Real-time text is streaming text that is transmitted as it is produced, allowing text to be used conversationally. Real-time text is defined in ITU-T Multimedia Recommendation F.700 22.214.171.124 . Real-time text is designed for conversational use where people interactively converse with each other. To achieve this, particular user requirements have been specified for the delay of each character and the character loss rate (see F.700 Annex A.3).
Real-time Text over IP can be used:
- in conjunction with voice or video in a multimedia communication or on its own, on fixed or mobile accesses,
- by people who want a fast and really interactive means of conversing,
- in noisy environments where it may be hard to hear,
- in environments where other people are nearby but where communications privacy is required,
- to transfer information (e.g., numbers, addresses, etc.) where exactness is necessary,
- by people with hearing loss or speech impairments to communicate with non-disabled and deaf or hard of hearing or speech impaired people.
- to provide real time captioning of a voice conversation for people with a hearing loss. See also captioned telephony in Telecommunications Relay Service
- to provide all voice callers with a convenient means to accurately pass numbers, addresses and other detailed information in text.
ToIP is designed around the ITU-T T.140 real-time text presentation layer protocol (defined for H.32x multimedia services). T.140 allows real-time editing of text e.g. by using 'backspace' and retyping. T.140 is based on the ISO 10646-1 character set that is used by most IP text specifications and uses the UTF-8 format.
RFC 4103 supports an optional forward error correction scheme based on redundant transmission (using RFC 2198). This results in a very low end-to-end packet loss across IP transmission links that have moderately high packet loss. To improve efficiency, text can be buffered for 0.3 – 0.5 seconds before it is sent whilst still meeting the delay requirements.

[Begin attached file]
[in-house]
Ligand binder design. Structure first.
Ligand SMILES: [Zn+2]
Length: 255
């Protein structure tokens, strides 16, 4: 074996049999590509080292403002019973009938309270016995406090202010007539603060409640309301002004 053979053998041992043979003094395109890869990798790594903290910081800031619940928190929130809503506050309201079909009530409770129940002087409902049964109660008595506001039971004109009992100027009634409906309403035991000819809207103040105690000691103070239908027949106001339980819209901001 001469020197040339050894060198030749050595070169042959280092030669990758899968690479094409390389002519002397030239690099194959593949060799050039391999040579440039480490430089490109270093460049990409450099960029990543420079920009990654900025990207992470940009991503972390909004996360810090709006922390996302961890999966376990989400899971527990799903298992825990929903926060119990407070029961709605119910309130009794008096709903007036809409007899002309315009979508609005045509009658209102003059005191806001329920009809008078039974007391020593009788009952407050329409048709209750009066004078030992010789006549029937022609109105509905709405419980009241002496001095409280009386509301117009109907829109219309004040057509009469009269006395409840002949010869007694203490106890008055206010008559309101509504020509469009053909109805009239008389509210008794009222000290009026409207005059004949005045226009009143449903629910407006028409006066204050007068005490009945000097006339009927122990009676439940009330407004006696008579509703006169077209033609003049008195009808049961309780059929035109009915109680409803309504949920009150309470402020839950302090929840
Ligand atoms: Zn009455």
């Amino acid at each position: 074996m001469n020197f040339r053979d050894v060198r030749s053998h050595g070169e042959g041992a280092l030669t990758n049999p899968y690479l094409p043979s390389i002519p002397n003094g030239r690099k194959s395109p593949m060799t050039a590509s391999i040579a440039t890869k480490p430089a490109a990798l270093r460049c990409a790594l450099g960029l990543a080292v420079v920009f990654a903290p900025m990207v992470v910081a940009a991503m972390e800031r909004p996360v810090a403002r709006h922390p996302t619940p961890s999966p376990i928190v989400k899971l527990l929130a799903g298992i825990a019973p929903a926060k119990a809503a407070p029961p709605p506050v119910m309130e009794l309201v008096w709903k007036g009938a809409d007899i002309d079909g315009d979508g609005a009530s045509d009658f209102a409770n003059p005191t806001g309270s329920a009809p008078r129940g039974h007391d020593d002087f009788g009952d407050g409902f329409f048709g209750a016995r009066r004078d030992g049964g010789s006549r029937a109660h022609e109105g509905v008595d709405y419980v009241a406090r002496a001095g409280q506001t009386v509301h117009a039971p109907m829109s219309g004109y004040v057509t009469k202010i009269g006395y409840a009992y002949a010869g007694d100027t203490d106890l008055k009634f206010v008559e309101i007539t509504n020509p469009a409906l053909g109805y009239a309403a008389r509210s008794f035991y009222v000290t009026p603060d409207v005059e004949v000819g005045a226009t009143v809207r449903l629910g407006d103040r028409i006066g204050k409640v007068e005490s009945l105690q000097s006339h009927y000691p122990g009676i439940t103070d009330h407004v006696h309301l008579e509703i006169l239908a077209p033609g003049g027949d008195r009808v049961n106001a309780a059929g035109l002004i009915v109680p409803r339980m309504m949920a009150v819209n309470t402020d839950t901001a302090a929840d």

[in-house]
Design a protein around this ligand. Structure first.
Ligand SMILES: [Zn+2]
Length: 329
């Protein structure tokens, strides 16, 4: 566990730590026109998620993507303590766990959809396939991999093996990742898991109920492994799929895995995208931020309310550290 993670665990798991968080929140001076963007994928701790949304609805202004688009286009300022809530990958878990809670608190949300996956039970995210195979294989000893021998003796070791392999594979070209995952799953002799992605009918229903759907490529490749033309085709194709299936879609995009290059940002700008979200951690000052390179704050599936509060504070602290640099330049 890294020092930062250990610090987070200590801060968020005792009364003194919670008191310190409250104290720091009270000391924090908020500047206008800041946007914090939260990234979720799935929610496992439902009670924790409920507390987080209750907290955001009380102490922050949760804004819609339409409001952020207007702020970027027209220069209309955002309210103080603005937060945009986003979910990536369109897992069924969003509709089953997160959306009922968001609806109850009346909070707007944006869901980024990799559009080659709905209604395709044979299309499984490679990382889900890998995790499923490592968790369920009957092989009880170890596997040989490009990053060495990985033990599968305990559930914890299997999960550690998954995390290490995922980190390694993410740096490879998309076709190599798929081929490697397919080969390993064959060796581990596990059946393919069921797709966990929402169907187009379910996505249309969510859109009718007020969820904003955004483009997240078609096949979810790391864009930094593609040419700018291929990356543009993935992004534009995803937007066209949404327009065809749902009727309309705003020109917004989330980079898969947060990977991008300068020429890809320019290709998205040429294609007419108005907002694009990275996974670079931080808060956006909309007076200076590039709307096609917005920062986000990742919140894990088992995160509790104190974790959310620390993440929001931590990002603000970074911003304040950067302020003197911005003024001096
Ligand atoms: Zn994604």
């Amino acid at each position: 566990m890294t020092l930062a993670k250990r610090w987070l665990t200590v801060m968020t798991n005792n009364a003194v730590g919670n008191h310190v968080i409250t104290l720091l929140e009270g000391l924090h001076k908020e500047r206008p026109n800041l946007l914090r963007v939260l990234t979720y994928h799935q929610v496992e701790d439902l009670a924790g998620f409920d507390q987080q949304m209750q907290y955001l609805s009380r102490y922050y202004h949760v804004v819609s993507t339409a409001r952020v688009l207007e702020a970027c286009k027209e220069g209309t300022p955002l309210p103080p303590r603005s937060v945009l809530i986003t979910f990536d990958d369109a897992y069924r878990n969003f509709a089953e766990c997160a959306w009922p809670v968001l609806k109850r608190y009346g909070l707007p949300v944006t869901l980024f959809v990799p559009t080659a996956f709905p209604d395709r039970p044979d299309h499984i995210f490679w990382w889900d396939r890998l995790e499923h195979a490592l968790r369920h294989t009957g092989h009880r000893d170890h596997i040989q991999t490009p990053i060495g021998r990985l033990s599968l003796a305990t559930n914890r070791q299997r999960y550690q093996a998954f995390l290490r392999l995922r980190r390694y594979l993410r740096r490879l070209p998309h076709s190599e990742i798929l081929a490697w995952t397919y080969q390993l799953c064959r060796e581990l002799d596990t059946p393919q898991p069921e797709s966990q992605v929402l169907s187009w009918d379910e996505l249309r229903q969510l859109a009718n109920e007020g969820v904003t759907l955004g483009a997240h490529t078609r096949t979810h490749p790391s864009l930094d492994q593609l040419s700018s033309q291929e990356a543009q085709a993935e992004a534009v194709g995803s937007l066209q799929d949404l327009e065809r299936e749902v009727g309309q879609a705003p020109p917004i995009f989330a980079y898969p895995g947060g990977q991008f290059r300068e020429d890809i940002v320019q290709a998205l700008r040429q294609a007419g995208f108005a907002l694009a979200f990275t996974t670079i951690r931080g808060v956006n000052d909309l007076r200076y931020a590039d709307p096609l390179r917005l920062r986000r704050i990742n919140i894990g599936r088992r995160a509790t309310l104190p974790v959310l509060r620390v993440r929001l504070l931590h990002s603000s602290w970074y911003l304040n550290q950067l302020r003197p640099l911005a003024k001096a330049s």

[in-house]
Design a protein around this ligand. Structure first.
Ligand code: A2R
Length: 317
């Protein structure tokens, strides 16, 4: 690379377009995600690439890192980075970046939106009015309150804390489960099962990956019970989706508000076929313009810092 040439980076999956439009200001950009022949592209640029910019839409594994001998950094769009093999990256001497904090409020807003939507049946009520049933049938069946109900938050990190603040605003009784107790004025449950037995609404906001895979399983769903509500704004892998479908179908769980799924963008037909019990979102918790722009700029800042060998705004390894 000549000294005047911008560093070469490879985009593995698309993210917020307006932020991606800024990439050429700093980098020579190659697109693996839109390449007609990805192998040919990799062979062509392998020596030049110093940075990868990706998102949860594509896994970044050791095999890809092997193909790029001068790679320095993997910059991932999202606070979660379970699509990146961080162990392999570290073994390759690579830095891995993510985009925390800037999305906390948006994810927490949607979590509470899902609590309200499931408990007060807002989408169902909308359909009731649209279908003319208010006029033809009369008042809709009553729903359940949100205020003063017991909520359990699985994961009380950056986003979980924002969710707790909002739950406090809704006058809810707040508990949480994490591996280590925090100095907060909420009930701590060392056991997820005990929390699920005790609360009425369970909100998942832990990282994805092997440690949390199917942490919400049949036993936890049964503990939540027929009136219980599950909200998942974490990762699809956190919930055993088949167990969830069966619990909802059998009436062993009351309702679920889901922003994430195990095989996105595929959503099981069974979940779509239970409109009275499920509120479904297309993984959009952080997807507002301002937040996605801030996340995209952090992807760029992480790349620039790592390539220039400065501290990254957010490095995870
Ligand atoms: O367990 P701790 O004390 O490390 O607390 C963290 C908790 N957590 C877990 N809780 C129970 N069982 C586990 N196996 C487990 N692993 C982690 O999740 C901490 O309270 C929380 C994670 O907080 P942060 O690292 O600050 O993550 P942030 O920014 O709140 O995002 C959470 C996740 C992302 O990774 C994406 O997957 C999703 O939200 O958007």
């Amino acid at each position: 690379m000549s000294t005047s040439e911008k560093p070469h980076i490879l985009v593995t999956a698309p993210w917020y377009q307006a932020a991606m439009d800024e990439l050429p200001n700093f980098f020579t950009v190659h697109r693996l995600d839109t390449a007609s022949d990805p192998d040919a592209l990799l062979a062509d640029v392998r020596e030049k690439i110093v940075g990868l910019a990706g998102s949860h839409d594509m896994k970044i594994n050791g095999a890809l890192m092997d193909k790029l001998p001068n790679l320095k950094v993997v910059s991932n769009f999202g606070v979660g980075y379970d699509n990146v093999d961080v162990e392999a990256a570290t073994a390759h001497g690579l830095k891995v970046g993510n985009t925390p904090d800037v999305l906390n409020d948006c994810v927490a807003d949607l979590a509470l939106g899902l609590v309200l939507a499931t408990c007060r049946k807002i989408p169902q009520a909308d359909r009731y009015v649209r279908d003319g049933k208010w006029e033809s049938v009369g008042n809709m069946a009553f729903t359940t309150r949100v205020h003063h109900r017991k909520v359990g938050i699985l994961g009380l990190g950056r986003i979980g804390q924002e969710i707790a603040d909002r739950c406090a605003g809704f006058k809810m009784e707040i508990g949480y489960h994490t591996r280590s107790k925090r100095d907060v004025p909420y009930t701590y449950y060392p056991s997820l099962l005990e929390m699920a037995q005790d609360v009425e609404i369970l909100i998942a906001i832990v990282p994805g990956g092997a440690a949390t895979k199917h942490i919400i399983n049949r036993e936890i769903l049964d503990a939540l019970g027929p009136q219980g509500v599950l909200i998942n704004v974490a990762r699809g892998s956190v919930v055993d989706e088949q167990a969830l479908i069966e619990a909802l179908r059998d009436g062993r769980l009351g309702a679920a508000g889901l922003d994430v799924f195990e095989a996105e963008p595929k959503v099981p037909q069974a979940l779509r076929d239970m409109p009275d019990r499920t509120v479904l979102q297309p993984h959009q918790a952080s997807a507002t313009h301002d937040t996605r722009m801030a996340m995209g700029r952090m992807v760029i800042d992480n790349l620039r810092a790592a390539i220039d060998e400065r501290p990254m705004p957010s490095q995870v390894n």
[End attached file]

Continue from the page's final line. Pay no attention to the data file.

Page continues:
RTP is usually transported over the User Datagram Protocol (UDP). However, because 2.5G mobile networks supported the Transmission Control Protocol (TCP) but did not consistently support UDP, some implementations of ToIP over mobile networks use TCP internally. 3G mobile networks can support UDP.
The protocol stack for a ToIP medium is:
Very fast typing (30 characters per second) results in a two kilobit per second traffic load (including overheads for RFC4103 with the maximum level of redundancy, RTP, UDP and IP).
- SIP is used without any alteration.
- Real-time text encoding is identified by using the SDP media definition 'm=text'.
- The 3GPP IMS defines the features of SDP that ToIP uses in 3GPP TS 26.114 v7.4.0 A5
See IETF RFC 5194 "Framework for real-time text over IP using the Session Initiation Protocol (SIP)" and IETF RFC 4504 "SIP Telephony Device Requirements and Configuration" Section 2.9 for more information.
Next Generation Networking (NGNs) is a concept developed by telecommunication service providers and their suppliers. It aims to create a true multi-service network based in IP technology.